Sunday, 18 November 2012

The Toronto Santa Claus Parade- A Christmas Tradition

    I was moving things around in my room the other day and came across a box of old photos.  There was a young fresh Christopher and I with Gabe and a little Gracie.  I got that goofy teary eyed smile as I thumbed through them.  We were so young looking, our faces not yet touched by tragedy.  The other thing that hit me like a lightening bolt through the heart, was how normal it looked to have Gabe in the pictures.  There he was, just sitting enjoying the Toronto Santa Claus Parade.  I sat on the bed clutching the pictures to my chest.  That was a beautiful memory.

    From the time that I was a little girl I loved to watch the Toronto Santa Claus Parade.  I would save my Halloween Candy (well as much as I could.  It was usually just suckers.  My sister Mandy on the other hand horded all of her chocolate and chips because she had will power.  I think that the thought of me looking lustfully at her hoard was what allowed her to save it) and snack on it while I watched the parade.  Nana lived in town and had cable, so we would go down to her little apartment and watch it there.  My Mom would reminisce about the parade when when she was a girl.  She would ask Nana if she remembered Punkin Head (a big brown teddy).  They would talk about the old floats.  That would lead to stories about the windows in Toronto.   It really was one of the highlights of my year.  It was the highlight, but I always dreamed of the day when I would see the parade in person.

    My first year at York, my best friend and I took the subway downtown to see the parade.  You may recall my story about having a race up the down escalator... well I was on crutches to go to see the parade.  We stood in front of our beloved Eatons Centre.  The crowds were about 10 layers thick.  Everyone was pushing and shoving.  Street vendors were walking around selling red noses, and candy and other trinkets.  There was excitement in the air.  I by this point had long ceased to believe in the right jolly old elf, but I wanted that magic.  It was so cold, my leg was throbbing, so we decided to head up to McDonald's and watch the rest of the parade at the window.  I had fulfilled a childhood promise to my older self.

    When I became a mother I decided that I would take my children to witness that magic.  We took Gabe and Grace.  We were lucky and found a not so busy spot.  It turns out that the busiest spots are the ones near the camera crews.  We bundled the kids up, and sat on the curb.  I was more excited than the kids.  I was so looking forward to witnessing that magical excitement through them.  Gabe was so excited that he was almost vibrating.  At one point we looked up to see friends of ours from Tweed.  We had no idea that they were going to be there too.  We gave each other that excited wave.  The vendors came around selling their wares, two little kids eyed them greedily.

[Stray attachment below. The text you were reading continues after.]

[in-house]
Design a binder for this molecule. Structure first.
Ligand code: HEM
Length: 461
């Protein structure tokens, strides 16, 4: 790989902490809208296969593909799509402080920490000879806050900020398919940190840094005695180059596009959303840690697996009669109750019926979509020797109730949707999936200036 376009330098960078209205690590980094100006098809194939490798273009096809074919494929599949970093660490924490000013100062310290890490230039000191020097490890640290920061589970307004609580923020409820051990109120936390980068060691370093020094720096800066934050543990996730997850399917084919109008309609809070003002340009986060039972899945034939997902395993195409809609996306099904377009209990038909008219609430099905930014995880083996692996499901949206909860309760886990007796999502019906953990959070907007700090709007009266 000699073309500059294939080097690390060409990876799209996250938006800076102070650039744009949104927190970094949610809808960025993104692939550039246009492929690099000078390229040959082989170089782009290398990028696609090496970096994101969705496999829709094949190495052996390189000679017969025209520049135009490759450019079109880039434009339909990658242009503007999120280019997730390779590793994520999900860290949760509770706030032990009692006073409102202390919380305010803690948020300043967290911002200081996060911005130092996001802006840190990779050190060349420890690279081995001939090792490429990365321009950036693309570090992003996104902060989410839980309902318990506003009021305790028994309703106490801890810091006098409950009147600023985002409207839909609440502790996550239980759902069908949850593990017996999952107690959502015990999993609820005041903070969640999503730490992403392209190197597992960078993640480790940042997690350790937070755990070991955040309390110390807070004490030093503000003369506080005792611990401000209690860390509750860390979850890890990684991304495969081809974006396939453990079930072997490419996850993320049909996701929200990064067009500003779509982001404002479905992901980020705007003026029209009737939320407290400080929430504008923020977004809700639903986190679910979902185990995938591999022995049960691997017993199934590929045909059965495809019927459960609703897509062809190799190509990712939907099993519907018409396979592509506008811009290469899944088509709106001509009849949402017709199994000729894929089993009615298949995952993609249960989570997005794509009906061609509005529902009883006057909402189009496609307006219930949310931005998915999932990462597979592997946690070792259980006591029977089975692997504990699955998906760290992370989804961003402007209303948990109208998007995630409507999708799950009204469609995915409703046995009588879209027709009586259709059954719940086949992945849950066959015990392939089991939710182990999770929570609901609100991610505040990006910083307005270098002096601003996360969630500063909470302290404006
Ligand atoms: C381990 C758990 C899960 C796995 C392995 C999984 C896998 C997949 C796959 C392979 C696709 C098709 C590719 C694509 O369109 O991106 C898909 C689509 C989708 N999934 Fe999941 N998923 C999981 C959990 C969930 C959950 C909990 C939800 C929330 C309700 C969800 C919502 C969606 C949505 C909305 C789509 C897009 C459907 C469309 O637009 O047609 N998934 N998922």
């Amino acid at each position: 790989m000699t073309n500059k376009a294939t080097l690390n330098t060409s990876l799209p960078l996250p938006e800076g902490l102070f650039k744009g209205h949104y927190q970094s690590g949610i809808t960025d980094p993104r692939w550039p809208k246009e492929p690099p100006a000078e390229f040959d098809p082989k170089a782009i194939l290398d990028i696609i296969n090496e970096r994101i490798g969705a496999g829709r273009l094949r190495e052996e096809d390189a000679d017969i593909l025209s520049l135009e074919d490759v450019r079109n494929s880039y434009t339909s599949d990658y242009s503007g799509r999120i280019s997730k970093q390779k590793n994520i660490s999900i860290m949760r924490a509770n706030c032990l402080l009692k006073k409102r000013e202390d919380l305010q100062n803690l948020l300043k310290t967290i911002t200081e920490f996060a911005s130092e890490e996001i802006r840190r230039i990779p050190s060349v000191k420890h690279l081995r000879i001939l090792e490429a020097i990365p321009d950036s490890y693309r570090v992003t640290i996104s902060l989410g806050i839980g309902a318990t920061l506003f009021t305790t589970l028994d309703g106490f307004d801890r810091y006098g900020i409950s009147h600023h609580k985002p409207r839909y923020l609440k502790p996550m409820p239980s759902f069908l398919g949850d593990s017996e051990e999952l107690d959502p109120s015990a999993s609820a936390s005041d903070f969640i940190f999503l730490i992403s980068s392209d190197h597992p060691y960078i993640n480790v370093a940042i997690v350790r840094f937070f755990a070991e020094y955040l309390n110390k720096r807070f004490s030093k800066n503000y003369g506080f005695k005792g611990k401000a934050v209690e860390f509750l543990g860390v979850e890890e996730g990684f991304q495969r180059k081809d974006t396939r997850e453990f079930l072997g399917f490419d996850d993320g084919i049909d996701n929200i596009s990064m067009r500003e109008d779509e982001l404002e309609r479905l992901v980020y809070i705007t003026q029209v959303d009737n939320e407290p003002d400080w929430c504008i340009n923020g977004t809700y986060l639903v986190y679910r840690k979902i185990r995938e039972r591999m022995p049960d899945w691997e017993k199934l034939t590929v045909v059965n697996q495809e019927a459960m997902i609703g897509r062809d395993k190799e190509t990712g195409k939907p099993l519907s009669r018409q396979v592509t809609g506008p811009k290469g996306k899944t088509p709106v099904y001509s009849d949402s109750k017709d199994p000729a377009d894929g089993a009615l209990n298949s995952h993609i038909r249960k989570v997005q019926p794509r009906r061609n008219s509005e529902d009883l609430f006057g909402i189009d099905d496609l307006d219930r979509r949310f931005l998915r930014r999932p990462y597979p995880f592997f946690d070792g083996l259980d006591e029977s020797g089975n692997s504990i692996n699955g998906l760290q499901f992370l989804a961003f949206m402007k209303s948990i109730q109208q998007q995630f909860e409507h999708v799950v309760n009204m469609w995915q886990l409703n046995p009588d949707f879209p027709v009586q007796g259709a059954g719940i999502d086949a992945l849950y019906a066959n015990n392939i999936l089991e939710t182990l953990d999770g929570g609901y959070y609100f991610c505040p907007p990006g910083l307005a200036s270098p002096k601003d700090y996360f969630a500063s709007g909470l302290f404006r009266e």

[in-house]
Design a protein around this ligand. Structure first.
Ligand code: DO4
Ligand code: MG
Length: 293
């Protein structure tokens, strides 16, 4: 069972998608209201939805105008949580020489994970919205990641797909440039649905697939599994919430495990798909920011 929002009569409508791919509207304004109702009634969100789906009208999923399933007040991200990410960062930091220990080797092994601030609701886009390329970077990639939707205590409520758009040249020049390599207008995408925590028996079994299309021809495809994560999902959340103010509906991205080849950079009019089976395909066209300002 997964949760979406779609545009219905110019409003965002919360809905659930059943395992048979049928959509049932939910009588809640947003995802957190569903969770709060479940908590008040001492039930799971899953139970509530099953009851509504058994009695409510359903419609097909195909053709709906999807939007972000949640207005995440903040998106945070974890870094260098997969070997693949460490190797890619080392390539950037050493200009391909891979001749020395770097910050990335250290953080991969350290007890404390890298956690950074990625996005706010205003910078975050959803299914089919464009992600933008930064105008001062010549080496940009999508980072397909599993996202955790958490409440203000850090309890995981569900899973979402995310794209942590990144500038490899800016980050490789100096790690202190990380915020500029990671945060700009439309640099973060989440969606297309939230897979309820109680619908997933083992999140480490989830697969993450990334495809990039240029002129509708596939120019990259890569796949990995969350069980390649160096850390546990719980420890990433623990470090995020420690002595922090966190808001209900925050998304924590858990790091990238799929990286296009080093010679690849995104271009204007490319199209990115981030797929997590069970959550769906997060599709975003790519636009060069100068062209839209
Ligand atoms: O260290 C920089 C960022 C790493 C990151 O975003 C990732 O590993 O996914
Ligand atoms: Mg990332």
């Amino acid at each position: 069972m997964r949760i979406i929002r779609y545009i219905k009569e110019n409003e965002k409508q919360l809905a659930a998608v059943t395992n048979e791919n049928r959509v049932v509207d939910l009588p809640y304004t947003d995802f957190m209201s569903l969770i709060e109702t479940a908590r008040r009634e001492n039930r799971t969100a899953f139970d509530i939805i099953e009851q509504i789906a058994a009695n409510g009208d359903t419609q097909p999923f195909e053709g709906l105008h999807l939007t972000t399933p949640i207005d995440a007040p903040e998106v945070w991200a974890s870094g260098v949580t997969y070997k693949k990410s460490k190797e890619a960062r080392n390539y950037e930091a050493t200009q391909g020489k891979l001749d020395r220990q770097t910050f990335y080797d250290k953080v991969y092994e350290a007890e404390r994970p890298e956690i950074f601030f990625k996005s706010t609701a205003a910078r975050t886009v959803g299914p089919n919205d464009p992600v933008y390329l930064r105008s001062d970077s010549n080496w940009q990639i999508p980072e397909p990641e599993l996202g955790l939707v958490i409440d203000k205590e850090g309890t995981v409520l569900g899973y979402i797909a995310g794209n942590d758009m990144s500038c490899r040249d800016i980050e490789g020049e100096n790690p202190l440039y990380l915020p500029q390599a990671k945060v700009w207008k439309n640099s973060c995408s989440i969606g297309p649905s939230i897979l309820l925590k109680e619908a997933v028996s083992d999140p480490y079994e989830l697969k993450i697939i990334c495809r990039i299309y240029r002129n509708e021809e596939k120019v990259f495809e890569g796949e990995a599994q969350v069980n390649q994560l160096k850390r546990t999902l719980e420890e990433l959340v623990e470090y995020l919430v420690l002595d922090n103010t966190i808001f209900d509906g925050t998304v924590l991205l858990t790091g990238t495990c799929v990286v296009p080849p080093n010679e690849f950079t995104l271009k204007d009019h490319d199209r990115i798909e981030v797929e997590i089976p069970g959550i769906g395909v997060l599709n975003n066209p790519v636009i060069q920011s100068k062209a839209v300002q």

We each took a child and snuggled them in close to us, sharing warmth and excitement.  The floats came by, Gabe gasped.  On T.V. those floats look 200 feet high.  They seem so huge.  In reality, they are not that big, but maybe even more impressive.  Our babies little hands nearly fell off with all of the waving.  I sat there silent tears running down my face as I watched their little faces.  This was the magic.  I thought we would all explode when Santa made his way down in that big sled.  We promised that we would come back.

    True to our word, we took them back two years later.  This time we went with our friends.  We took camping chairs and blankets.  We bundled the kids and wrapped them up tight in blankets.  It was that cold that gets into your bones.  We were freezing, and yet the kids did not seem to notice.  They were too excited, now they knew why they were so excited.  It was just so beautiful.

    We took the Grace and Riley and Rowan a few years back.  We went with Christopher's sister Shannon and our nephew Jacob.  We had lost Gabe by then.  Christmas had lost much of it's magic, well for Christopher and I.  We knew that we could not rob the kids of the magic we had given so freely to Gabe.  All of the kids were bouncing with excitement.  It was a pleasure to see the kid's face's.  It reminded me that there is still magic, even if that magic is just a little tarnished.
    We have a tradition at our house (on the years that we don't venture into Toronto).  My parents come over, and we order pizza.  The kids bring down their left over Halloween candy.  Mom and Dad bring bags of junk for the kids.  We all sit around the T.V..  We comment on the floats, waiting for Santa.  When Santa comes, we all shout "Hi Santa", and the kid's little hands wave so hard I am afraid that they will get carpal tunnel syndrome.  I shout out things like "Don't come this year Santa, they've all been really bad".  This is then frantically followed by "We've been good Santa.  Mommy's just joking!"  It is the beginning of our Christmas season.  It kicks off the beginning of the magic.
    Christopher and I had secretly planned to take the kids into Toronto this year.  Elly is old enough now that she would really enjoy it.  Strep throat destroyed that dream.  We had visions of one of the two that has yet to catch it, to catch it while we are standing in the cold.  I am glad that we didn't tell the kids. We will eat that pizza, eat that junk.  We will kick off our Christmas season.  On that note, I had better finish this off, because the parade is just about to start,  and I can't miss a minute of it.

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